Antarctica 200

Artists impression 'Williams', 1819. Credit: Andrew Robinson

2019 marked 200 years since the discovery of what was then named ‘New South Britain’.  This discovery, by the British Master Mariner William Smith, triggered a series of later discoveries, ultimately leading to what we know today as ‘Antarctica’.

A series of events and activities across the UK, including regions with an Antarctic links, will be taking place to mark this significant anniversary.

  • Check out our stamp design competition for 4-17 year olds.
  • Throughout 2020, the UK Antarctic Heritage Trust will be celebrating 200 years of Antarctica, bringing it to towns and cities through an innovative arts, education and events programme.  Find out more and what’s on near you at Antarctica in Sight.

Key Discovery Dates

19 February 1819 – William Smith in the Williams discovers what are known today as the South Shetland Islands.

16 October 1819 – William Smith in the Williams lands on King George Island – the first landing on Antarctic territory.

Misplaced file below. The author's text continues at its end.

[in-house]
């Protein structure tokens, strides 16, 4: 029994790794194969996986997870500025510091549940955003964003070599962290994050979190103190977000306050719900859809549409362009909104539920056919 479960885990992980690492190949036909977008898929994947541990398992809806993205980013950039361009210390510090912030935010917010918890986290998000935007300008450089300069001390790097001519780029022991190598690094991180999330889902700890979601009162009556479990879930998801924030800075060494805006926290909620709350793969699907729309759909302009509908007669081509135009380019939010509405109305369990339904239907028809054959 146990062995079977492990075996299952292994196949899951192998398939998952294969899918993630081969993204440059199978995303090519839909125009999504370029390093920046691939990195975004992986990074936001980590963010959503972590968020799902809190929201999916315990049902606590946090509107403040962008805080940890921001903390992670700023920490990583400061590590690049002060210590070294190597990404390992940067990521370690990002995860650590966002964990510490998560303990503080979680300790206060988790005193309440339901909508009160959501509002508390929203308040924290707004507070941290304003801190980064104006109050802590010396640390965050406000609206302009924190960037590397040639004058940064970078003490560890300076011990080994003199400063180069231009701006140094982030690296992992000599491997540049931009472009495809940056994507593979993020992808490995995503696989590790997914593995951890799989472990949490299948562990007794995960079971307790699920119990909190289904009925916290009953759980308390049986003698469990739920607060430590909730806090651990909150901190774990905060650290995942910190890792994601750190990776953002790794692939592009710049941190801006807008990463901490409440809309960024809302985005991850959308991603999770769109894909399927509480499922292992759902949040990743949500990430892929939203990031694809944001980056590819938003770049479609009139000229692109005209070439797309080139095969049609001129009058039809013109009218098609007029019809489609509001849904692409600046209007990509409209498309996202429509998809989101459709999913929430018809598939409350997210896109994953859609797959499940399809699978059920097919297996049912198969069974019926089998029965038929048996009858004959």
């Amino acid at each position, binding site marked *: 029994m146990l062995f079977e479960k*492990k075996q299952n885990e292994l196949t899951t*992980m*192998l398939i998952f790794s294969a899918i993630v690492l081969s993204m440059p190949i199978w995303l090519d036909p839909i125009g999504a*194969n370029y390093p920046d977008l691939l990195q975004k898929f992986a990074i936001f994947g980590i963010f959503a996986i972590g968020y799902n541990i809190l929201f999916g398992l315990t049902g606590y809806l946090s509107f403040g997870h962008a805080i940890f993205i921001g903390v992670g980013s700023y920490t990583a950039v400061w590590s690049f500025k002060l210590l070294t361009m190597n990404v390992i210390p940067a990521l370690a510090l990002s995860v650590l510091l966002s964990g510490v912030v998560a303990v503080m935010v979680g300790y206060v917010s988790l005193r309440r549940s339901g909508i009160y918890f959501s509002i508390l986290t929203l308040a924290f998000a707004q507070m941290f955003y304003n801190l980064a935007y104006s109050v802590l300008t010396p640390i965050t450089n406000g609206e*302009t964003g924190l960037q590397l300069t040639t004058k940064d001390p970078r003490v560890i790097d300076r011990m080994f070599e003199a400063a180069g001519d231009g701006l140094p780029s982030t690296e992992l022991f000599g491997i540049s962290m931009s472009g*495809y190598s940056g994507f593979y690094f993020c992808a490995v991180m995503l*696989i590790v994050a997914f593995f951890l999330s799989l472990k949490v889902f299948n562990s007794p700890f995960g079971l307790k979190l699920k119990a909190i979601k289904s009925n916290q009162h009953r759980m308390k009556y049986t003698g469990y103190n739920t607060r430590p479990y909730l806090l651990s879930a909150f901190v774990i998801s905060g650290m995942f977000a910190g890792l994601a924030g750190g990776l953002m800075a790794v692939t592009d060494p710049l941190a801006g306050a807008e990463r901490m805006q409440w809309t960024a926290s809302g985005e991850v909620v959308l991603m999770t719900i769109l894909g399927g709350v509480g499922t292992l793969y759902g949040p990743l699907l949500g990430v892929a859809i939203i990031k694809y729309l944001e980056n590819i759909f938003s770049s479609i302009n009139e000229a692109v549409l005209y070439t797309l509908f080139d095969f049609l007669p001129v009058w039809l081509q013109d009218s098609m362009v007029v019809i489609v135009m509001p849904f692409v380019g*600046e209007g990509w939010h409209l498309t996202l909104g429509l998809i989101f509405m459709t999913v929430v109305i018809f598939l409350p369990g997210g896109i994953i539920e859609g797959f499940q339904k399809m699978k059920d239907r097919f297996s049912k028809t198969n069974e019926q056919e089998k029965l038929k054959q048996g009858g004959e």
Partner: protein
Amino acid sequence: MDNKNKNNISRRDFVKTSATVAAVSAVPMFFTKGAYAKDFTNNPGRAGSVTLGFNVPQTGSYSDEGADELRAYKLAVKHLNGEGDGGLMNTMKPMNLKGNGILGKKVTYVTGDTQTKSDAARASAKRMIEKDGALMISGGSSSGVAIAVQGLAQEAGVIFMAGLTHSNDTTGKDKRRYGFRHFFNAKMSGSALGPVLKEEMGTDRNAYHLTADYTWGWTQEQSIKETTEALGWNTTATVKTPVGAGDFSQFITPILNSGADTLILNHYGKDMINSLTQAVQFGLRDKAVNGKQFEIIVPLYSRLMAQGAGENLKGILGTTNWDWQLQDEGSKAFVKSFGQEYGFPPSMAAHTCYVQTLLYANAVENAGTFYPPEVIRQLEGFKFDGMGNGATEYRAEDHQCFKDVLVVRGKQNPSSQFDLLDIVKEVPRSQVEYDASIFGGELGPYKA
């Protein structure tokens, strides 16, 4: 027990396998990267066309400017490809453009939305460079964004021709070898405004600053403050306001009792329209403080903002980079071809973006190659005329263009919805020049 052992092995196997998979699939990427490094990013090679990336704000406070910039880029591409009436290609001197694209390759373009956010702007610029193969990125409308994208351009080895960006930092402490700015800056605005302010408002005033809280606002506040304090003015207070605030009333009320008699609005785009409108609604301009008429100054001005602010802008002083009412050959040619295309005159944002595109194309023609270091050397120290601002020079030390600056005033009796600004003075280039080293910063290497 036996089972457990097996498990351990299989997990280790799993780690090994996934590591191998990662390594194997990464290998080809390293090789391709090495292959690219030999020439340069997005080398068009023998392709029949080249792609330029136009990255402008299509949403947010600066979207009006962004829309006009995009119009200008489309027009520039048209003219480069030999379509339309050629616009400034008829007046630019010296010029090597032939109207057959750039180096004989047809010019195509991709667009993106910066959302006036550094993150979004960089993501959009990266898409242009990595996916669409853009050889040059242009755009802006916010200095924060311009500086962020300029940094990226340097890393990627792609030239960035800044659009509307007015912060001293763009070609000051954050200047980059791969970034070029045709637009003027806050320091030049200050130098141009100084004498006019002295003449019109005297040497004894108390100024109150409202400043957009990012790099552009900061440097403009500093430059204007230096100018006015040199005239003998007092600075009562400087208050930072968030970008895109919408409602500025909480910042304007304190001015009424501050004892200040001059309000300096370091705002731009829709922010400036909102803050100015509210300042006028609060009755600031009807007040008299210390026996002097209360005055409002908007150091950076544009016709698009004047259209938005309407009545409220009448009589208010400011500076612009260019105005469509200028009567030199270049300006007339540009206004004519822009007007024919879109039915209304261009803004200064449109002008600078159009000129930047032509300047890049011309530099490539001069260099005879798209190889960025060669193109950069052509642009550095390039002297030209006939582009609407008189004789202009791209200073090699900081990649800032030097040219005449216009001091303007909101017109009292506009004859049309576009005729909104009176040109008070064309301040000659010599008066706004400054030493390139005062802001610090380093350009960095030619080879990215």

27 January 1820 – Fabian Gottlieb van Bellingshausen first sights ice shelves which comprise the Antarctic mainland (discovery of Antarctica).

30 January 1820 – Edward Bransfield sights land on the Antarctic Peninsula (both ice and land), on board Williams mastered by William Smith

16 November 1820 – Nathaniel Palmer sites Trinity Peninsula. US crew first to land on peninsula (16 November 1820)

6 December 1821 – George Powell on board the Dove discovers (with Palmer on the James Monroe) the South Orkney Islands

Learn more

We used #UKinAntarctica200 to share some snippets of the UK’s history in Antarctica.